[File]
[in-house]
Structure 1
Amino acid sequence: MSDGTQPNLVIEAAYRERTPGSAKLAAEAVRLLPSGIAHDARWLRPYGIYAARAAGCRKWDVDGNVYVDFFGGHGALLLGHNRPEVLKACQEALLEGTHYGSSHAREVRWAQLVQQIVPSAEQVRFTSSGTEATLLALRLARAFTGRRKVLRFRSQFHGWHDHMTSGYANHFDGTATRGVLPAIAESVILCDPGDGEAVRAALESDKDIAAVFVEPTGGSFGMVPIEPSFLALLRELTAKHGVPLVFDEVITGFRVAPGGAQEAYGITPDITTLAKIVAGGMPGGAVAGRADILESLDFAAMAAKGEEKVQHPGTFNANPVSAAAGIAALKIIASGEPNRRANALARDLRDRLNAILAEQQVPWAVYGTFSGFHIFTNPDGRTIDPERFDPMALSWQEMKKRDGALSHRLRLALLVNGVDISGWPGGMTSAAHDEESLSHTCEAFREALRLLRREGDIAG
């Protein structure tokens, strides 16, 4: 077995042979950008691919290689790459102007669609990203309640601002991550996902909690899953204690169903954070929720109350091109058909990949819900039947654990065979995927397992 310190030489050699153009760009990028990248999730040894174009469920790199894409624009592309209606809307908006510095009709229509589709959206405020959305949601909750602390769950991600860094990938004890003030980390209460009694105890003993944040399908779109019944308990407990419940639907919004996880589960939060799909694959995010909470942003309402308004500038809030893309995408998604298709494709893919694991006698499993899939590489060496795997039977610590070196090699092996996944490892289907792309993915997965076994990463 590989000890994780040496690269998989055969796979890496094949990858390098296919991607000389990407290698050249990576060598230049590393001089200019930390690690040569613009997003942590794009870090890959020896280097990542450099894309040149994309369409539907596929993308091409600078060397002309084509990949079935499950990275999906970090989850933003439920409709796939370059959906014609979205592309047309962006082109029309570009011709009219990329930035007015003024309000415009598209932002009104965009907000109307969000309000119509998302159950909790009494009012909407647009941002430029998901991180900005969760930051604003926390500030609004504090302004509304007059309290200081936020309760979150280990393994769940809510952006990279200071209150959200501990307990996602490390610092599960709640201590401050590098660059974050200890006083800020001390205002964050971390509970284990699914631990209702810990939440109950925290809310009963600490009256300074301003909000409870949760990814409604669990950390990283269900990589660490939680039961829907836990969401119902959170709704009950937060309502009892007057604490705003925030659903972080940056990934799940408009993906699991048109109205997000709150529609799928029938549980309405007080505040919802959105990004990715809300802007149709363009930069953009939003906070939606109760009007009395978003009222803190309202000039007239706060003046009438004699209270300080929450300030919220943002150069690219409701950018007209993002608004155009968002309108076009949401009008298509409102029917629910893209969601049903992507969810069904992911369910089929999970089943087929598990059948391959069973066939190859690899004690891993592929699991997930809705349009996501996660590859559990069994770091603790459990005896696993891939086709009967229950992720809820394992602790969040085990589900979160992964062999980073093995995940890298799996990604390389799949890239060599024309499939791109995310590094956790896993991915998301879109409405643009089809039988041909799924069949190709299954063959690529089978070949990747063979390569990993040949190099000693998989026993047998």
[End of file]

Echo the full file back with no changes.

[in-house]
Structure 1
Amino acid sequence: MSDGTQPNLVIEAAYRERTPGSAKLAAEAVRLLPSGIAHDARWLRPYGIYAARAAGCRKWDVDGNVYVDFFGGHGALLLGHNRPEVLKACQEALLEGTHYGSSHAREVRWAQLVQQIVPSAEQVRFTSSGTEATLLALRLARAFTGRRKVLRFRSQFHGWHDHMTSGYANHFDGTATRGVLPAIAESVILCDPGDGEAVRAALESDKDIAAVFVEPTGGSFGMVPIEPSFLALLRELTAKHGVPLVFDEVITGFRVAPGGAQEAYGITPDITTLAKIVAGGMPGGAVAGRADILESLDFAAMAAKGEEKVQHPGTFNANPVSAAAGIAALKIIASGEPNRRANALARDLRDRLNAILAEQQVPWAVYGTFSGFHIFTNPDGRTIDPERFDPMALSWQEMKKRDGALSHRLRLALLVNGVDISGWPGGMTSAAHDEESLSHTCEAFREALRLLRREGDIAG
């Protein structure tokens, strides 16, 4: 077995042979950008691919290689790459102007669609990203309640601002991550996902909690899953204690169903954070929720109350091109058909990949819900039947654990065979995927397992 310190030489050699153009760009990028990248999730040894174009469920790199894409624009592309209606809307908006510095009709229509589709959206405020959305949601909750602390769950991600860094990938004890003030980390209460009694105890003993944040399908779109019944308990407990419940639907919004996880589960939060799909694959995010909470942003309402308004500038809030893309995408998604298709494709893919694991006698499993899939590489060496795997039977610590070196090699092996996944490892289907792309993915997965076994990463 590989000890994780040496690269998989055969796979890496094949990858390098296919991607000389990407290698050249990576060598230049590393001089200019930390690690040569613009997003942590794009870090890959020896280097990542450099894309040149994309369409539907596929993308091409600078060397002309084509990949079935499950990275999906970090989850933003439920409709796939370059959906014609979205592309047309962006082109029309570009011709009219990329930035007015003024309000415009598209932002009104965009907000109307969000309000119509998302159950909790009494009012909407647009941002430029998901991180900005969760930051604003926390500030609004504090302004509304007059309290200081936020309760979150280990393994769940809510952006990279200071209150959200501990307990996602490390610092599960709640201590401050590098660059974050200890006083800020001390205002964050971390509970284990699914631990209702810990939440109950925290809310009963600490009256300074301003909000409870949760990814409604669990950390990283269900990589660490939680039961829907836990969401119902959170709704009950937060309502009892007057604490705003925030659903972080940056990934799940408009993906699991048109109205997000709150529609799928029938549980309405007080505040919802959105990004990715809300802007149709363009930069953009939003906070939606109760009007009395978003009222803190309202000039007239706060003046009438004699209270300080929450300030919220943002150069690219409701950018007209993002608004155009968002309108076009949401009008298509409102029917629910893209969601049903992507969810069904992911369910089929999970089943087929598990059948391959069973066939190859690899004690891993592929699991997930809705349009996501996660590859559990069994770091603790459990005896696993891939086709009967229950992720809820394992602790969040085990589900979160992964062999980073093995995940890298799996990604390389799949890239060599024309499939791109995310590094956790896993991915998301879109409405643009089809039988041909799924069949190709299954063959690529089978070949990747063979390569990993040949190099000693998989026993047998």